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Want to track storms? Then Cuyahoga County wants you
Training is being offered this week for eyes on the ground to help verify what sophisticated weather radars cannot see

Kevin Niedermier
Skywarn is the National Weather Service's training program for storm spotters. The volunteer program now has nearly 300,000 members nationwide.
Courtesy of National Weather Service
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In The Region:

With the spring storm season rolling in, Cleveland' National Weather Service office is looking for storm spotters. This Thursday, the weather service, along with Cuyahoga County' Emergency Management Department, is holding a storm-spotter training session. It teaches participants how to recognize weather conditions that result in severe thunderstorms, flash floods and tornadoes. Bruce Kalinowski is a meteorologist at WKYC-TV3 in Cleveland. He says about 95 percent of all tornado warnings are based only on radar observations. But even with today' high-tech equipment, having spotters on the ground is important to verify actual tornado touchdowns.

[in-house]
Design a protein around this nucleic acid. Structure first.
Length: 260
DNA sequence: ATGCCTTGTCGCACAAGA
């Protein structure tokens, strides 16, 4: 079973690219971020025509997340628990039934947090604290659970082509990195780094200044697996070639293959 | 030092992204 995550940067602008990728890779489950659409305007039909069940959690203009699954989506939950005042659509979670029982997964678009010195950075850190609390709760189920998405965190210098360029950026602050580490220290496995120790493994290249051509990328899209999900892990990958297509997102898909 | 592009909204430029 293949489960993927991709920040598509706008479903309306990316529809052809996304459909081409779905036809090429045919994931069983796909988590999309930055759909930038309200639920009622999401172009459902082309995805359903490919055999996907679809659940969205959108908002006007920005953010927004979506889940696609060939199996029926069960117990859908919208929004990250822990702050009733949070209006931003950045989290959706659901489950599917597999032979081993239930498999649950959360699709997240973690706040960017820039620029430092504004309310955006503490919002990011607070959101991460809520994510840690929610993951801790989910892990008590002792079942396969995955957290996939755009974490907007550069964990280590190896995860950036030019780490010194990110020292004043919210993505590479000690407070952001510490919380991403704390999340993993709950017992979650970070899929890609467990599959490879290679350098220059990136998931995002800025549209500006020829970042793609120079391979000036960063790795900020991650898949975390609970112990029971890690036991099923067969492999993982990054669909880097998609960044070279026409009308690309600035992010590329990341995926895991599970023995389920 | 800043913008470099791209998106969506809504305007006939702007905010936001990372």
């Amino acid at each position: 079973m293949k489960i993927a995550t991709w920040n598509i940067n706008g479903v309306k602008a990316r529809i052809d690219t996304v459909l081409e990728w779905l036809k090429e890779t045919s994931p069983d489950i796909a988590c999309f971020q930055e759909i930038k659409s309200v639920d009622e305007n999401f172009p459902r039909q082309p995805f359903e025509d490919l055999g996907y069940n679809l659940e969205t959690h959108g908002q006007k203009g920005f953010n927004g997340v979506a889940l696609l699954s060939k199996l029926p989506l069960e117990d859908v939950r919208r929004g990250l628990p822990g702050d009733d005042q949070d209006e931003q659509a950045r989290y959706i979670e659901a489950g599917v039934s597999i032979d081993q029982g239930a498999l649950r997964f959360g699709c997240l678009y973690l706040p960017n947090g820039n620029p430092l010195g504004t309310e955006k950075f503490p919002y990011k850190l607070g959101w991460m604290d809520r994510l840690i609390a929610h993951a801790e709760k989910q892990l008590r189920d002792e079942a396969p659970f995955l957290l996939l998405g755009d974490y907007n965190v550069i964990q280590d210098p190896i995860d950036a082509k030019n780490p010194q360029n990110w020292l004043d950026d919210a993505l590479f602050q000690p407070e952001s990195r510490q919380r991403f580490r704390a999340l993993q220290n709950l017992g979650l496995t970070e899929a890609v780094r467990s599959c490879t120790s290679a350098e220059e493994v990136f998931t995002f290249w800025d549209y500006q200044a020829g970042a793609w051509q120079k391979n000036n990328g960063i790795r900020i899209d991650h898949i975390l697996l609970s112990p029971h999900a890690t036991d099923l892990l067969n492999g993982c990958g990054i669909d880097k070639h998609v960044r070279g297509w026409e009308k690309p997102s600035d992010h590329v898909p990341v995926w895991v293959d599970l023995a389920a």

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“Nowadays, with the sophisticated Dual Polar and Doppler radars, you can detect the circular movement of the raindrops in the clouds. But does it hit the ground? That’s not confirmed at this time, so the eyes on the ground are important to see that and make that confirmation.”

Cleveland’s National Weather Service office says it has more than 1,000 storm spotters in Cuyahoga County. Thursday evening’s training begins at 6 p.m. at the Mayfield Village Civic Center on Wilson Mills Road. The program is open to anyone who wants to participate.

Related Links & Resources
National Weather Service's Skywarm program

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